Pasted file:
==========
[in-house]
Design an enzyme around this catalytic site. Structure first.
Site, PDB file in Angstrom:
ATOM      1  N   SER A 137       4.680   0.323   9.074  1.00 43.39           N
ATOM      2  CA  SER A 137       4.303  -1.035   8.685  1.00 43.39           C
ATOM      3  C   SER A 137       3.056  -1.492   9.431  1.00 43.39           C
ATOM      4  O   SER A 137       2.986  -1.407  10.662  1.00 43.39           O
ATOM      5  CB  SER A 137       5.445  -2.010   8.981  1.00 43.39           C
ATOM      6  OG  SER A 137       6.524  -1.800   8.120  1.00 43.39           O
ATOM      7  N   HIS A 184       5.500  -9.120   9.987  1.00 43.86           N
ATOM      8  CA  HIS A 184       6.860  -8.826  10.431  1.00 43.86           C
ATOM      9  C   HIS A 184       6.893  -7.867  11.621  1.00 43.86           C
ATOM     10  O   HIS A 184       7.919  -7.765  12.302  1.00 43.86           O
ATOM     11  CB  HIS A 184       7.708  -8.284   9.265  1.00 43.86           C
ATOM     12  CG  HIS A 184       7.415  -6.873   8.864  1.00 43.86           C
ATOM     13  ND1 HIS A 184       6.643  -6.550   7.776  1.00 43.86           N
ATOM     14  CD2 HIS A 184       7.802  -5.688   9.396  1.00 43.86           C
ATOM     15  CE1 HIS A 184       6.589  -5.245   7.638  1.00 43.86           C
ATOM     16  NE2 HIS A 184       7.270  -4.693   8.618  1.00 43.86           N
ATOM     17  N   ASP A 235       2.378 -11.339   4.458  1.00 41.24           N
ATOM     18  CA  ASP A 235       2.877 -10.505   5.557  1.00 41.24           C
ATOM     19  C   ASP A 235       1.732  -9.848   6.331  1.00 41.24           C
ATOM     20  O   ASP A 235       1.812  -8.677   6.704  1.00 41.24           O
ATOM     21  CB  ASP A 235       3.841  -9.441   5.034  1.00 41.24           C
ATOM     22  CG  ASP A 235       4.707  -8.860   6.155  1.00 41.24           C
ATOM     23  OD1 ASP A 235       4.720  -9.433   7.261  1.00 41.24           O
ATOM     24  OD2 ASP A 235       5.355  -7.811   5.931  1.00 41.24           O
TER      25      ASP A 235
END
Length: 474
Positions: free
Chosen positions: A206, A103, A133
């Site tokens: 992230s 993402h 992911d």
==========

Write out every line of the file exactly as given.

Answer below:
[in-house]
Design an enzyme around this catalytic site. Structure first.
Site, PDB file in Angstrom:
ATOM      1  N   SER A 137       4.680   0.323   9.074  1.00 43.39           N
ATOM      2  CA  SER A 137       4.303  -1.035   8.685  1.00 43.39           C
ATOM      3  C   SER A 137       3.056  -1.492   9.431  1.00 43.39           C
ATOM      4  O   SER A 137       2.986  -1.407  10.662  1.00 43.39           O
ATOM      5  CB  SER A 137       5.445  -2.010   8.981  1.00 43.39           C
ATOM      6  OG  SER A 137       6.524  -1.800   8.120  1.00 43.39           O
ATOM      7  N   HIS A 184       5.500  -9.120   9.987  1.00 43.86           N
ATOM      8  CA  HIS A 184       6.860  -8.826  10.431  1.00 43.86           C
ATOM      9  C   HIS A 184       6.893  -7.867  11.621  1.00 43.86           C
ATOM     10  O   HIS A 184       7.919  -7.765  12.302  1.00 43.86           O
ATOM     11  CB  HIS A 184       7.708  -8.284   9.265  1.00 43.86           C
ATOM     12  CG  HIS A 184       7.415  -6.873   8.864  1.00 43.86           C
ATOM     13  ND1 HIS A 184       6.643  -6.550   7.776  1.00 43.86           N
ATOM     14  CD2 HIS A 184       7.802  -5.688   9.396  1.00 43.86           C
ATOM     15  CE1 HIS A 184       6.589  -5.245   7.638  1.00 43.86           C
ATOM     16  NE2 HIS A 184       7.270  -4.693   8.618  1.00 43.86           N
ATOM     17  N   ASP A 235       2.378 -11.339   4.458  1.00 41.24           N
ATOM     18  CA  ASP A 235       2.877 -10.505   5.557  1.00 41.24           C
ATOM     19  C   ASP A 235       1.732  -9.848   6.331  1.00 41.24           C
ATOM     20  O   ASP A 235       1.812  -8.677   6.704  1.00 41.24           O
ATOM     21  CB  ASP A 235       3.841  -9.441   5.034  1.00 41.24           C
ATOM     22  CG  ASP A 235       4.707  -8.860   6.155  1.00 41.24           C
ATOM     23  OD1 ASP A 235       4.720  -9.433   7.261  1.00 41.24           O
ATOM     24  OD2 ASP A 235       5.355  -7.811   5.931  1.00 41.24           O
TER      25      ASP A 235
END
Length: 474
Positions: free
Chosen positions: A206, A103, A133
């Site tokens: 992230s 993402h 992911d």